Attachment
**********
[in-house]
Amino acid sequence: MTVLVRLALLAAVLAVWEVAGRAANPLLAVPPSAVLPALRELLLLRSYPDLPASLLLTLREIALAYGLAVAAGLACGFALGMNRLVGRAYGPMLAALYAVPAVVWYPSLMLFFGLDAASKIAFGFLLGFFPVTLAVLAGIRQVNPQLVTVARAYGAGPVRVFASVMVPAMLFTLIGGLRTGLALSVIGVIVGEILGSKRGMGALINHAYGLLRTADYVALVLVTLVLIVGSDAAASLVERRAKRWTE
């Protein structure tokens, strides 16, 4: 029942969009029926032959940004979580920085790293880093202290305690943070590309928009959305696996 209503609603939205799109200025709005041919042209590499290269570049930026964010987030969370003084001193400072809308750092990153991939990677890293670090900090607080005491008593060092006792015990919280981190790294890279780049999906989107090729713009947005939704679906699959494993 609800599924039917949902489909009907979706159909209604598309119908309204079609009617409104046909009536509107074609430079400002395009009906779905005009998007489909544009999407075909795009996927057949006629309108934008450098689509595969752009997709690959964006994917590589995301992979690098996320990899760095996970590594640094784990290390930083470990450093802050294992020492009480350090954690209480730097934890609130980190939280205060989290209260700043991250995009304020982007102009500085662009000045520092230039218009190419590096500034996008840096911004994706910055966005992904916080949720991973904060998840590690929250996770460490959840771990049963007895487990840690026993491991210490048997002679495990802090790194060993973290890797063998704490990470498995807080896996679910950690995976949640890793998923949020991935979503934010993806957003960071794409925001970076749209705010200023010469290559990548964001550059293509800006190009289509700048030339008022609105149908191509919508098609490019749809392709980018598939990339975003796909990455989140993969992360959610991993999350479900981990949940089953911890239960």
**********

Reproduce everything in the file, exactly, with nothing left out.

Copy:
[in-house]
Amino acid sequence: MTVLVRLALLAAVLAVWEVAGRAANPLLAVPPSAVLPALRELLLLRSYPDLPASLLLTLREIALAYGLAVAAGLACGFALGMNRLVGRAYGPMLAALYAVPAVVWYPSLMLFFGLDAASKIAFGFLLGFFPVTLAVLAGIRQVNPQLVTVARAYGAGPVRVFASVMVPAMLFTLIGGLRTGLALSVIGVIVGEILGSKRGMGALINHAYGLLRTADYVALVLVTLVLIVGSDAAASLVERRAKRWTE
């Protein structure tokens, strides 16, 4: 029942969009029926032959940004979580920085790293880093202290305690943070590309928009959305696996 209503609603939205799109200025709005041919042209590499290269570049930026964010987030969370003084001193400072809308750092990153991939990677890293670090900090607080005491008593060092006792015990919280981190790294890279780049999906989107090729713009947005939704679906699959494993 609800599924039917949902489909009907979706159909209604598309119908309204079609009617409104046909009536509107074609430079400002395009009906779905005009998007489909544009999407075909795009996927057949006629309108934008450098689509595969752009997709690959964006994917590589995301992979690098996320990899760095996970590594640094784990290390930083470990450093802050294992020492009480350090954690209480730097934890609130980190939280205060989290209260700043991250995009304020982007102009500085662009000045520092230039218009190419590096500034996008840096911004994706910055966005992904916080949720991973904060998840590690929250996770460490959840771990049963007895487990840690026993491991210490048997002679495990802090790194060993973290890797063998704490990470498995807080896996679910950690995976949640890793998923949020991935979503934010993806957003960071794409925001970076749209705010200023010469290559990548964001550059293509800006190009289509700048030339008022609105149908191509919508098609490019749809392709980018598939990339975003796909990455989140993969992360959610991993999350479900981990949940089953911890239960």